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A television writer is a skilled writer responsible for the developing, writing, and revision of scripts so that they are ready for the silver screen. They are responsible for creating all plot lines, characters, dialogue and situations. Television writers usually work as part of a group of writers to ensure that scripts are written well and meet strict deadlines.
A television writer is responsible for the production of a television series from the beginning processes of writing a script to the launch of a pilot episode. They prepare scripts for a wide range of television programs including soap operas, comedies, dramas and documentaries. A pilot episode may be “picked up” by a network for a contracted television series. Some writers also create ads for local sponsors, previews for upcoming shows and station announcements.
A major change has taken place in television production in recent years. No longer are studios spending millions of dollars on long-term development deals with writers in hopes that they will provide them with a hit show for the studio. More recently, studios engage writers to create or contribute pilot scripts to be considered for development.
A pilot script, also known as a pilot episode or series premiere, is the first episode in a television series. Pilot episodes are created as a test run to determine if a television series will be well received on air. The studio is granted a number of options to involve the writer in the process of writing and producing a script. The benefit to this is if the studio is not happy with a script, it can cut its losses early, while only having to pay the initial script fee. These deals, referred to as “one off’s”, are the dominant form of television series writing deals.
When a script is picked up for a pilot episode, the writer is involved in many aspects. He will be the one to hire the director of a given episode, work with a line producer to hire a crew, and supervise casting and post-production efforts. The head writer is also referred to as the “showrunner”.
Writing a spec script can take up as much time of a writer's schedule as he/she needs as it only matters when the script is complete. When a writer is working with a network, he/she is on a strict schedule. Writers are usually part of a writing team to ensure that the writing can be completed well and on time. The writing team may consist of anywhere between four to twenty (or more) writers. This all depends on the budget, show, and the preference of the showrunner. This may mean a room full of people sketching ideas and writing scripts, surrounded by pots of coffee to keep up their energy. What matters most in a writing team is that the work is done efficiently and well so that a show can air on time.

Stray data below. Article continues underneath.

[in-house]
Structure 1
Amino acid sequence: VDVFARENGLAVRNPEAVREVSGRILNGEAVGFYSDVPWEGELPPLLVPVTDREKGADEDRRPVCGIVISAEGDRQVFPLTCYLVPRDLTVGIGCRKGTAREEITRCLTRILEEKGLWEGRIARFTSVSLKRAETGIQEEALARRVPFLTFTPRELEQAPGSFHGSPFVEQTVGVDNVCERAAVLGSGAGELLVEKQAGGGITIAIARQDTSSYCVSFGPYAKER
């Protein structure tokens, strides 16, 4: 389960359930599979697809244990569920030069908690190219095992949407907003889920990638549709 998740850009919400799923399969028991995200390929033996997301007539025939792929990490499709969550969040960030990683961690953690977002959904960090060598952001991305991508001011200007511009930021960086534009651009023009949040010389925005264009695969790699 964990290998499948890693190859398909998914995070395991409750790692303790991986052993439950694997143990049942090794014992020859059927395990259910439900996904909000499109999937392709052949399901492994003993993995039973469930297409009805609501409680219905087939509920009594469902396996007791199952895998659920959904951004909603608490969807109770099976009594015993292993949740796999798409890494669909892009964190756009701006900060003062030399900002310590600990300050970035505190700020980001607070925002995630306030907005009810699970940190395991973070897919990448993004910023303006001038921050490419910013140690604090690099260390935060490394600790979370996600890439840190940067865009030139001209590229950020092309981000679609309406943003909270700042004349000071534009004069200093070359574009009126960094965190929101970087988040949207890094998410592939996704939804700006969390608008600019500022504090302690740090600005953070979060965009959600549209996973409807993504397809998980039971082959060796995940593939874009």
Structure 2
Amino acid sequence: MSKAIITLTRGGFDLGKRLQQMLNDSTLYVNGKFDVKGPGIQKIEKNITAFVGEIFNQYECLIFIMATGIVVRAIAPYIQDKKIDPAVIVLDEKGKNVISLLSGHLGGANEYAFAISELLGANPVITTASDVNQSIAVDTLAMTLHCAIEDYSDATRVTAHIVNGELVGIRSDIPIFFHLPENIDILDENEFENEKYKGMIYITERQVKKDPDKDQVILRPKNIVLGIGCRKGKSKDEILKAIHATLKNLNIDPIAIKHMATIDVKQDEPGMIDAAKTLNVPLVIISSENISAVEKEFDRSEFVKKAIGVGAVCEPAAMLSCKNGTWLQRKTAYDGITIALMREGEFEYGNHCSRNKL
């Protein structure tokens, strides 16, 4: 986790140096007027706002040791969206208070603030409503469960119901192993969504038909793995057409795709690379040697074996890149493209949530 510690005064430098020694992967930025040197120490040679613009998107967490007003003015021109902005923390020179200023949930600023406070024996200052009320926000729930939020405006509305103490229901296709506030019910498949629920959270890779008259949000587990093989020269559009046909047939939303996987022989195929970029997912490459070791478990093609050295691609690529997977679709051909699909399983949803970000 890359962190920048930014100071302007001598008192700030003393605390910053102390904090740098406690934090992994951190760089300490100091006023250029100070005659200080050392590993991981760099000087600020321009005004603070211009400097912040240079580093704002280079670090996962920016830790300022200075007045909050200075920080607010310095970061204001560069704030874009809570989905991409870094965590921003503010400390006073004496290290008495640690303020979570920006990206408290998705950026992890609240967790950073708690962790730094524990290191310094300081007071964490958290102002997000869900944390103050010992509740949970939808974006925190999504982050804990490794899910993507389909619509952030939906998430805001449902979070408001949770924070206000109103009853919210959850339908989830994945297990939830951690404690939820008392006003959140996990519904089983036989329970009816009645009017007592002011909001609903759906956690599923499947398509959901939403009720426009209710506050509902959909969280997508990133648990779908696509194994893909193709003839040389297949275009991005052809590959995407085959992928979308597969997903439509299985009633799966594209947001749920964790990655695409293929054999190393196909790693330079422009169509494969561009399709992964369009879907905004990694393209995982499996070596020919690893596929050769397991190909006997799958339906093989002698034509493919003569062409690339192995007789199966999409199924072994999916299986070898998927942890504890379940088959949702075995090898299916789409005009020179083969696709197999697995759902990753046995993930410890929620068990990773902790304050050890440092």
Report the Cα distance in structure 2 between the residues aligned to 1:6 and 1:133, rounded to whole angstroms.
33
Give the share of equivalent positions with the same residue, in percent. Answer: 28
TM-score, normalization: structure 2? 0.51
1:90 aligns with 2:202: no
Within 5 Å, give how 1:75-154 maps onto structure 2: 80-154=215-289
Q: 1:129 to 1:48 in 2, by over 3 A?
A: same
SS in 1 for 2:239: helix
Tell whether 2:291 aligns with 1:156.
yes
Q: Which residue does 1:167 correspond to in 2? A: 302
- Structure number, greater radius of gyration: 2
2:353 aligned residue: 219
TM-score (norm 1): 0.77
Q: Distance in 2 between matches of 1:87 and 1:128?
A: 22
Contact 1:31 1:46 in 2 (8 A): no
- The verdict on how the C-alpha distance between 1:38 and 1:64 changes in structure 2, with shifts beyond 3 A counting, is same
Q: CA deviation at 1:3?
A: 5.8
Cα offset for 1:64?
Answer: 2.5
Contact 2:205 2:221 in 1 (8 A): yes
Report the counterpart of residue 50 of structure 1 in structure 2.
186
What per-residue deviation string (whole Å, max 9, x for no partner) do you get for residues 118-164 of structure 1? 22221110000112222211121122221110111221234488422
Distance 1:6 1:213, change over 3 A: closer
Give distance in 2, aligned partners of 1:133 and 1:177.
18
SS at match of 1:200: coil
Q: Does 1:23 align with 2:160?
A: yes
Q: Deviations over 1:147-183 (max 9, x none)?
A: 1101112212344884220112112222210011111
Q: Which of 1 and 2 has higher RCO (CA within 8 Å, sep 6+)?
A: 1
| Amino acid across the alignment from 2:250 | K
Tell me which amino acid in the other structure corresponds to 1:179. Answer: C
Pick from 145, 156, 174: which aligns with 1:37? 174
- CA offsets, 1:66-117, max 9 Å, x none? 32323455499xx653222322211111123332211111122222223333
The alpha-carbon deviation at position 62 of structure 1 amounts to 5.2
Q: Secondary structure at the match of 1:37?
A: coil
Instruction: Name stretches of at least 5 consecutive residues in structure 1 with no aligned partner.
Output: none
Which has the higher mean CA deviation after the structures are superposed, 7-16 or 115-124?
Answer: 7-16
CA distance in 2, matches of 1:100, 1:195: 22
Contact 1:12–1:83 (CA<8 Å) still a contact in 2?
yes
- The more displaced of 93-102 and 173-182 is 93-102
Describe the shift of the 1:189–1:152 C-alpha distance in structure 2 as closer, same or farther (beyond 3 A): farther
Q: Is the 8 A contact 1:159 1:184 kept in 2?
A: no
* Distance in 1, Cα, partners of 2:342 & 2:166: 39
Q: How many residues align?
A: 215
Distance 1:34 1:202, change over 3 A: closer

As with any career in the writing world, the way to gain experience and build a portfolio is to write. A television writer builds something like a portfolio called a “spec script”. A spec script is a sample of writing that showcases a writer's knowledge of the craft and lets others know that he has an understanding of the format of television writing. It could be an original television pilot or a script for an existing show. A good spec will illuminate a writer's skills.
Once their foot is in the door, a television writer is under the gun to write shows that meet strict deadlines. When a writer is creating a spec script he can use as much or as little time as he/she needs. Working in television means a writer has to meet very short deadlines that may change day to day.
Television uses a lot of material. An hour long drama needs a new script every five to seven days. A typical TV deadline takes a week to go from an approved outline to a good first draft. A good writer should be able to accomplish it in four days, which leaves one day to fix mistakes. No one expects perfect work, but they do expect constructive work that can be built on. With such a demanding schedule, a writer is not allowed to have writer's block. It's just not an option. A schedule must be stuck to and a writer must be able to power through a script and make it happen.
The most negative thing a writer can do for a network is to deliver a show late. A network has a slot in their schedule for a show. If a show is late then the network will have to find something else to fill that slot with and that means money is lost and people lose their jobs.
Something else a writer has to take into account is the internal structure of television. Because commercial breaks are the bread and butter of television, the story needs to be structured with cliffhangers to take place at the end of an act, so that the audience will want to return to the show once the commercials end. A studio's goal is to keep the viewer tuned into the show, and to make them want to return for the next week's episode. It's vital that writers structure episodes in this way to keep the audience interested.
Treating your writing career as a small business might be a unique idea, but it has informed profile subject Alicia Kirk’s path in the television world and empowered her in a business where it can seem like, unless you are on top of the heap, you have no power at all.
Call it whatever you want – reality TV, nonfiction programming, docu-soap, docu-style – unscripted television has asserted itself in international media, and until something cheaper and/or more popular comes along, it will continue to expand its presence.
Writing on a comedic television show seems like an awesome job to have, and for the most part, it is. You get paid to make people laugh!
The television writer is the person responsible for creating all plot lines, dialogue, characters and situations. The writer also provides the initial story generation and outlines as well as all script rewrites and polishes.
How do I become a television writer if I don't have any contacts?